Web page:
So, how do we approach this?  Instead of basecoating and washing, we’re going to have to take this section of the model and manually paint in the shadows and highlights. Here, working with my usual Reaper Royal Purples Triad, I started by base coating with Imperial Purple.  Then, the next step is to look at the model and figure out where the light is going to be hitting the object.  On a wavy flag like this one, it’s going to be darker inside the folds and on areas where the flag has draped over, while the highlights go on the ridges and on the places where the fabric is on such an angle that the surface is facing upwards at the sun.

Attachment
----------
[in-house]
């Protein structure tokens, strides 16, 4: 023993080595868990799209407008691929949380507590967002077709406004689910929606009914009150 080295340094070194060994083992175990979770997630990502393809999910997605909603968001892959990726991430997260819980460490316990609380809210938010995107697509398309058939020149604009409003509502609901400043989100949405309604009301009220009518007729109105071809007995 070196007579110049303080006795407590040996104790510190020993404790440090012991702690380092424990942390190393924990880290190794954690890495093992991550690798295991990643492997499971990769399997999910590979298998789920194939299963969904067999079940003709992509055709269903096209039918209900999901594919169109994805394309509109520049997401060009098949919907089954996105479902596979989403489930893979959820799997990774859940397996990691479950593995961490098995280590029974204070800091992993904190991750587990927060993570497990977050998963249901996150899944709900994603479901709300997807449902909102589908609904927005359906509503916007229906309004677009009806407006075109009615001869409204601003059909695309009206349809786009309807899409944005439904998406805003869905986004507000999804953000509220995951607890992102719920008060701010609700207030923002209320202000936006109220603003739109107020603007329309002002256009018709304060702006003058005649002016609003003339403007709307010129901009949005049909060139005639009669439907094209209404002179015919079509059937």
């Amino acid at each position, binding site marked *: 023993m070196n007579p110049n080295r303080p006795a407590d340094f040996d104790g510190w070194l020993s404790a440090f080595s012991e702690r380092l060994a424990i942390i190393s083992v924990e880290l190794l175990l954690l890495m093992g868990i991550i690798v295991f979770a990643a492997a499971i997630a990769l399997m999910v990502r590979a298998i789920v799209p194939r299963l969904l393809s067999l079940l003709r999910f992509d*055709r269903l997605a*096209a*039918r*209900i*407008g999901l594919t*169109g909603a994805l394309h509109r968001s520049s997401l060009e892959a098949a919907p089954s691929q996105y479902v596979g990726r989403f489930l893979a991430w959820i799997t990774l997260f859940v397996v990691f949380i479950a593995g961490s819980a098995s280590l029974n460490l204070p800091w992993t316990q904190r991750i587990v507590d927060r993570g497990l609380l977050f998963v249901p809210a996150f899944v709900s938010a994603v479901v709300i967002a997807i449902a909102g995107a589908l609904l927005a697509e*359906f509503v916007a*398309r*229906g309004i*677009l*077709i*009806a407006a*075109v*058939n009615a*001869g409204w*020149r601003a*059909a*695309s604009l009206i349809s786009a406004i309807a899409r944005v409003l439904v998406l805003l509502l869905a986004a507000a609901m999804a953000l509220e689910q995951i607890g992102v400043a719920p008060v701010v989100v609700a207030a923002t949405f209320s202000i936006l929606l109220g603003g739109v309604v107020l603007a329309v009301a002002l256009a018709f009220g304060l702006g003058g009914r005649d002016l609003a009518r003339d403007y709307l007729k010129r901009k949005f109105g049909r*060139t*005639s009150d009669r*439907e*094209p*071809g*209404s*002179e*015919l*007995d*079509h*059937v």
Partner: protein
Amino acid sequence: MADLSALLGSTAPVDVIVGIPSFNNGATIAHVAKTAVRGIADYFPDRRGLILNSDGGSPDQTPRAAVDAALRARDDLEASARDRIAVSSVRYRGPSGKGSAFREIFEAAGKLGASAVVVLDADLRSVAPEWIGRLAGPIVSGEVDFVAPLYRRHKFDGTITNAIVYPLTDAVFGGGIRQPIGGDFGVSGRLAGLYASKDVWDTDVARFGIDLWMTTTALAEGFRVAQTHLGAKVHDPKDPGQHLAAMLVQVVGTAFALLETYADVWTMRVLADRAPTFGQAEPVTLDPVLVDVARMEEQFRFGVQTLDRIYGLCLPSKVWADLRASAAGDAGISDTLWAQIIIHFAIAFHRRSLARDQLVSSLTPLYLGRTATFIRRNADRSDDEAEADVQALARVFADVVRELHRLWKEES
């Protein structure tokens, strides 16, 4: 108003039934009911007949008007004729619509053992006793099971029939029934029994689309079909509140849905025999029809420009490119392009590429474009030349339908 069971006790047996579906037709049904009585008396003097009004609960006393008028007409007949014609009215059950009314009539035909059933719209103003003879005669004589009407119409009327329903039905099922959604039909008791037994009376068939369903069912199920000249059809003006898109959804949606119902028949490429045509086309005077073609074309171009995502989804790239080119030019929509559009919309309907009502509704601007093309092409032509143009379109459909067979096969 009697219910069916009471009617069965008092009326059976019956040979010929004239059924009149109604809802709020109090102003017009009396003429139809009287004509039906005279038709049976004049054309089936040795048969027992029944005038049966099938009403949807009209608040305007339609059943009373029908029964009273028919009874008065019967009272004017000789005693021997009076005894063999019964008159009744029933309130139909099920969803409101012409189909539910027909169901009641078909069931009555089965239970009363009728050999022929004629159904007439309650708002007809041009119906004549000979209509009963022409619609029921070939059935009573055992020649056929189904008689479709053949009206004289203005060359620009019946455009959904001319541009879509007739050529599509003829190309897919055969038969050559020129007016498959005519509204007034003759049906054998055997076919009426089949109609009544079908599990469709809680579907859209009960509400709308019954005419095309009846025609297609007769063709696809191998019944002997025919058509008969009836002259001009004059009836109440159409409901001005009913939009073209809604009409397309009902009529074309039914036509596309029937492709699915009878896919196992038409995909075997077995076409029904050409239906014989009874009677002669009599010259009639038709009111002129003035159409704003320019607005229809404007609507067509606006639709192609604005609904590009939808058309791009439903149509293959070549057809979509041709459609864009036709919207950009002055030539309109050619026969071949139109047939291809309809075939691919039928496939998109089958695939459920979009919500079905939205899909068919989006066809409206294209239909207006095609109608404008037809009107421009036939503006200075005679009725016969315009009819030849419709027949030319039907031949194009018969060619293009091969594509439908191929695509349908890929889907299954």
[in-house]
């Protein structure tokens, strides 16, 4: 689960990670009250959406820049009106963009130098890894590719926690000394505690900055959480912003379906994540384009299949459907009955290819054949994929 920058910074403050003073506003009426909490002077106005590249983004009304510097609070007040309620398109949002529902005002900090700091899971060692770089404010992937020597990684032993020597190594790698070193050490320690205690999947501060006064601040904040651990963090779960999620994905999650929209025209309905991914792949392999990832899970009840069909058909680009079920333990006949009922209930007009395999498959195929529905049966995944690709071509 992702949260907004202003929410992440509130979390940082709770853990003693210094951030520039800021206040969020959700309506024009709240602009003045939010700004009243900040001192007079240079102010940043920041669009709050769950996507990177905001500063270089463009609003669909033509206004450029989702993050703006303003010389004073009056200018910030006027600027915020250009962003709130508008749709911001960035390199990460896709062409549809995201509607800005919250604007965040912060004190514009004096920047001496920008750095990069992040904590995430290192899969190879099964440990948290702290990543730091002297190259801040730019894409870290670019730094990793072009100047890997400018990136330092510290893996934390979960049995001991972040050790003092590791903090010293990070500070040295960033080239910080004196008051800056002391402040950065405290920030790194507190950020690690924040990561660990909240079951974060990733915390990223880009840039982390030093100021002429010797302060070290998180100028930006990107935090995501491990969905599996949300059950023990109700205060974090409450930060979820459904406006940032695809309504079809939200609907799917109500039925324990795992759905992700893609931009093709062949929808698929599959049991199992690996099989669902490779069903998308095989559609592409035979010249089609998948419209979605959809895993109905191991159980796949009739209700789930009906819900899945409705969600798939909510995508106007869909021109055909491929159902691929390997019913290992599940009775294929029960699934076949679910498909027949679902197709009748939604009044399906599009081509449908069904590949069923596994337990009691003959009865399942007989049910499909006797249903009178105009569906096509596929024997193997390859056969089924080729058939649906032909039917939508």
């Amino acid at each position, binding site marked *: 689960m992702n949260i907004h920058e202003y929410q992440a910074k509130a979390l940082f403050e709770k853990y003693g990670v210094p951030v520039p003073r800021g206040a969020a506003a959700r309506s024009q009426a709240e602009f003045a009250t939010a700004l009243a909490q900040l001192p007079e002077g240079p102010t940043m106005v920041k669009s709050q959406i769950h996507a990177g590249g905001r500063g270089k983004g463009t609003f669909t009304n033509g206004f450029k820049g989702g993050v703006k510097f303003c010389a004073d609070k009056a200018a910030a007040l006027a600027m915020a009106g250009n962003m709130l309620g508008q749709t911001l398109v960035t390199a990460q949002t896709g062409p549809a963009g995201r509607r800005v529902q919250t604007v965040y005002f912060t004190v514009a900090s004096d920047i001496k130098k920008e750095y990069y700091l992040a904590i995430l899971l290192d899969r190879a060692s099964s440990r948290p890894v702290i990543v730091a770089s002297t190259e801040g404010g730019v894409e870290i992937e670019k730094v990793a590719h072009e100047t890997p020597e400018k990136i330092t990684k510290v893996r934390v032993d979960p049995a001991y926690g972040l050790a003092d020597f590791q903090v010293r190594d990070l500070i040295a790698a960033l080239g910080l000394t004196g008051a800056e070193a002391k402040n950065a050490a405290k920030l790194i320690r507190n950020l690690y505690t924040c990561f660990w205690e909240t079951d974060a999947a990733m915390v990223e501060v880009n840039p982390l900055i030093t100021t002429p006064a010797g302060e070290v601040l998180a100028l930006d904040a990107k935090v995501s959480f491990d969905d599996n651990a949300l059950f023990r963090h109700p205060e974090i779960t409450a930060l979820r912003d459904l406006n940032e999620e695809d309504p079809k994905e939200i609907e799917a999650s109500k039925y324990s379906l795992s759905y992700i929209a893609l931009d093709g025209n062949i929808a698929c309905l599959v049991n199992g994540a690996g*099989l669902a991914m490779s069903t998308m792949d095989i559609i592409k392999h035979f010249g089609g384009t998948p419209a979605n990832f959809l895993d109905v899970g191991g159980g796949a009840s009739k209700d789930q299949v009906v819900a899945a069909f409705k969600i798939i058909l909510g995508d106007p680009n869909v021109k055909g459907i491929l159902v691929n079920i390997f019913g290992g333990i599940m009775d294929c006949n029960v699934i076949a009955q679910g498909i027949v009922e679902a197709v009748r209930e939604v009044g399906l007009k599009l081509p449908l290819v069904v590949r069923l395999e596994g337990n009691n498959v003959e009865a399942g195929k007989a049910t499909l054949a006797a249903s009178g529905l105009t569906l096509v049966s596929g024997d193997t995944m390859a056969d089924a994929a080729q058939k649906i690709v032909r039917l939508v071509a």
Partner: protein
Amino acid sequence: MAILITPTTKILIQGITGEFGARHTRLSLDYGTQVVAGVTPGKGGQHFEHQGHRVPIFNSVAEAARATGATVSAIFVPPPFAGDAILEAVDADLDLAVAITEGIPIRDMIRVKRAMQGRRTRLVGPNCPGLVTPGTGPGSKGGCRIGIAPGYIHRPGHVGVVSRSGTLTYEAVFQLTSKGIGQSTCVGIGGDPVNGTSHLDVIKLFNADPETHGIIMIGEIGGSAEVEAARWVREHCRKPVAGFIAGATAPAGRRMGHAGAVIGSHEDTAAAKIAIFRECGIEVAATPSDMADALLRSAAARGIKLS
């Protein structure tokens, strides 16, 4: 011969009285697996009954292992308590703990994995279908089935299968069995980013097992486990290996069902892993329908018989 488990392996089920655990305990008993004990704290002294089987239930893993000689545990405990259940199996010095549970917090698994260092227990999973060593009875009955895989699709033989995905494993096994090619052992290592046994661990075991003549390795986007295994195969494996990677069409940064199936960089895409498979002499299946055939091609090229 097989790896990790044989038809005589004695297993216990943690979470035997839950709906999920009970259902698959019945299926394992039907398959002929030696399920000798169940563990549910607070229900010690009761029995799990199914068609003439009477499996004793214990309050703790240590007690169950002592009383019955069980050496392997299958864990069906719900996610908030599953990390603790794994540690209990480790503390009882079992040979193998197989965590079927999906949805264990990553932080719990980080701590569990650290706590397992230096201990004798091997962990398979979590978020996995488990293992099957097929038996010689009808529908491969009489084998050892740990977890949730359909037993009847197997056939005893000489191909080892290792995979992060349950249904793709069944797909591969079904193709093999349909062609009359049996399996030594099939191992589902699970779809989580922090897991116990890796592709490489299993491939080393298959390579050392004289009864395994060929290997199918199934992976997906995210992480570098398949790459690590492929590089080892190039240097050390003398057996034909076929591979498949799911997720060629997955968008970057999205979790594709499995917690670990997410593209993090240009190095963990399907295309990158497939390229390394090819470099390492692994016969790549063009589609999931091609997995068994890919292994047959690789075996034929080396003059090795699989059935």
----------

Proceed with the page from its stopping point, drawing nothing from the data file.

From there, you can use your shadow colour (in this case, Nightshade Purple) to blend the shadows.  There are a variety of techniques that you can use here, with two-brush blending being popular, but my usual technique at the moment is to take a brush, apply paint to the model in the center of where you want that second colour, then quickly rinse the brush, apply a little saliva, and drag the edge outward.  Do the same with your highlight colour, and don’t be afraid to mix colours on your wet palette and highlight up or down in multiple steps if it becomes too difficult to get a nice smooth blend all the way from your darkest shadow to your brightest hightlight.  These blending techniques do take some practice to get a smooth blend, so if you’re having trouble, picking up a unit of men and women with capes and keeping at it is a great way to learn.